Thursday, February 16, 2012

Barack Obama, Catholics and contraceptives: “The accommodation”

IT IS not every day that Republicans can seize on an issue that encapsulates everything they hate about Barack Obama. The recent scandal over contraception comes close. Mr Obama had ordered that all employer-sponsored health insurance cover contraception. The president has ample reason to make contraception available, as my colleague describes here. Churches were exempt; institutions such as Catholic hospitals, which employ workers of all faiths, were not.


The bishops, naturally, went berserk, but so did conservatives. Making Americans buy health insurance was bad enough, an encroachment on personal liberty, they thundered. Making Americans pay for something they believe to be morally wrong was utterly unacceptable. This was government overreach of the most extreme kind.

The furore continued to build. In recent days Mitt Romney attacked the president for the rule. This inspired the usual meta jujitsu, as Mr Romney’s competitors attacked Mr Romney for the attack, which they judged to be insincere.

Given all this, it was almost inevitable that Mr Obama would capitulate, or in the words of his senior advisors, offer an “accommodation”. Today the White House announcedthat religious groups would not have to cover or subsidise contraception. Instead, insurers would be obliged to offer contraception free of charge, with the guarantee that the religious employers’ premium would not rise accordingly.

The Catholic Hospital Association and Planned Parenthood are each apparently placated by the change. On first blush it seems like a sensible solution to a tricky problem. But the fight won’t go away. The religious institutions are exempt because they believe contraception to be morally wrong. What about any individual business owner who feels the same way? Why not apply the exemption to him? Mr Obama may have stamped out today's fire but it is sure to flare up elsewhere.

Via |

After Steve Jobs 2012: China IP dispute threatens iPad exports (Problems for Apple)

Apple’s long-running dispute over the iPad trademark in China could threaten global shipments of the popular tablet as the company which registered the trademark in the country is seeking an export ban from Chinese customs.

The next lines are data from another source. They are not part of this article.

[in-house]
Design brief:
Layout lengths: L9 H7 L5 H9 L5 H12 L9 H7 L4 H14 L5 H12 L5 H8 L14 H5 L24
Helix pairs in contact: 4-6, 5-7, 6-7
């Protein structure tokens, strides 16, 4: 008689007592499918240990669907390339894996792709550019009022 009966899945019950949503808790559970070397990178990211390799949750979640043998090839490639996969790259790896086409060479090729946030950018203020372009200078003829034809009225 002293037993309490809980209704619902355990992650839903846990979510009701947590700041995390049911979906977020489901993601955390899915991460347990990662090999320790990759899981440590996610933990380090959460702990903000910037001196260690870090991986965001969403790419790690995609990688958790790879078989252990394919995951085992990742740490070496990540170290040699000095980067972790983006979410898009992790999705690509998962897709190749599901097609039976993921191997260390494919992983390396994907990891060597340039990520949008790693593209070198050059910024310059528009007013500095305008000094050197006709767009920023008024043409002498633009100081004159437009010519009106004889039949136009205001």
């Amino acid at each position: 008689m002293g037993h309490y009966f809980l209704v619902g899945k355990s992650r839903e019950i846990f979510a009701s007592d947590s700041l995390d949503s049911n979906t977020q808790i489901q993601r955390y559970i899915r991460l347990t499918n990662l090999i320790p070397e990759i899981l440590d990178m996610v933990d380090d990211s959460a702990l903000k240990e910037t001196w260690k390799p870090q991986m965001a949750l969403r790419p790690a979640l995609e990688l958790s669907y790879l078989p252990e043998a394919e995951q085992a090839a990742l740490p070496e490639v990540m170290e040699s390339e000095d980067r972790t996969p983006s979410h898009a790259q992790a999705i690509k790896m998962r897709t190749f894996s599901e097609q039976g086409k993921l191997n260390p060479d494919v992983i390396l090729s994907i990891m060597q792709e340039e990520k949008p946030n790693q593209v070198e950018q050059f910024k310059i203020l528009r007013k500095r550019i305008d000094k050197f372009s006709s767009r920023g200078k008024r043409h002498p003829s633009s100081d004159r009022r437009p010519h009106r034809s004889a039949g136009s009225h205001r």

Proview Technology (Shenzhen), a struggling Taiwanese-owned electronics company in southern China, is asking the customs administration to seize iPads passing through Chinese ports for import or export, its lawyers said on Tuesday. The move raises pressure ahead of Proview Shenzhen and Apple’s latest round of negotiations this week aimed at settling the dispute.
It also highlights the risks for multinationals producing in China for the world market as Chinese law allows plaintiffs in intellectual property disputes to mobilise customs against the defendant.
“This is one of the most effective tools in intellectual property disputes in China,” said Kenny Wong, head of the IP practice at Mayer Brown JSM, the law firm. “Once you complain to customs, they have to act provided you have recorded your rights with them. With a Rmb100,000 [$15,900] bond, you can hold millions of dollars in goods.”
China’s official trademark database shows that Proview Shenzhen registered the iPad trademark in China as early as 2000. In 2006, Apple bought the iPad trademark for several markets, including the European Union, from Proview Taiwan, another affiliate of Proview International, the groups’ Hong Kong-listed holding company. Only after Apple started selling the iPad in China did it realize Proview Shenzhen’s claim to the trademark there.
In December, a Shenzhen court rejected Apple’s request to have the China trademark transferred to its name, a ruling that Apple has appealed against.
According to legal experts, it normally takes up to a month to record a patent or trademark with customs. After it is recorded, customs will seize shipments from a sender other than the rights holder if it discovers them during random checks. Rights holders achieve more regular shipment blockages if they tip off customs on incoming shipments.
When goods are seized under this procedure, a court has to decide on the infringement claims, but customs can fine the defendant and the shipments remain blocked for the duration of the court case.
In 2006, Hitachi was forced to stop using a hard disk trademark because a Chinese rival that owned the trademark had blocked the Japanese firm’s shipments through customs.
“Multinationals frequently use this against counterfeiters, but it is also being used by Chinese companies against foreign firms,” said Li Yongbo, an IP expert with Jijia, a Beijing law firm. He said many foreign companies failed to register trademarks in China because they were not aware that this mattered for exports as well.
“Apple appears not to have done its due diligence properly in this case,” said Mr Wong. “Of course they are well-known and everyone now knows the iPad name in connection with them, but in this case, the trademark is owned by somebody else. They can’t keep selling under a trademark that they don’t own.”
Apple said that it bought Proview’s worldwide rights to the iPad trademark in 10 different countries several years ago. “Proview refuses to honour their agreement with Apple in China and a Hong Kong court has sided with Apple in this matter. Our case is still pending in mainland China,” it said.
A customs spokesman declined to comment.

By Kathrin Hille in Beijing
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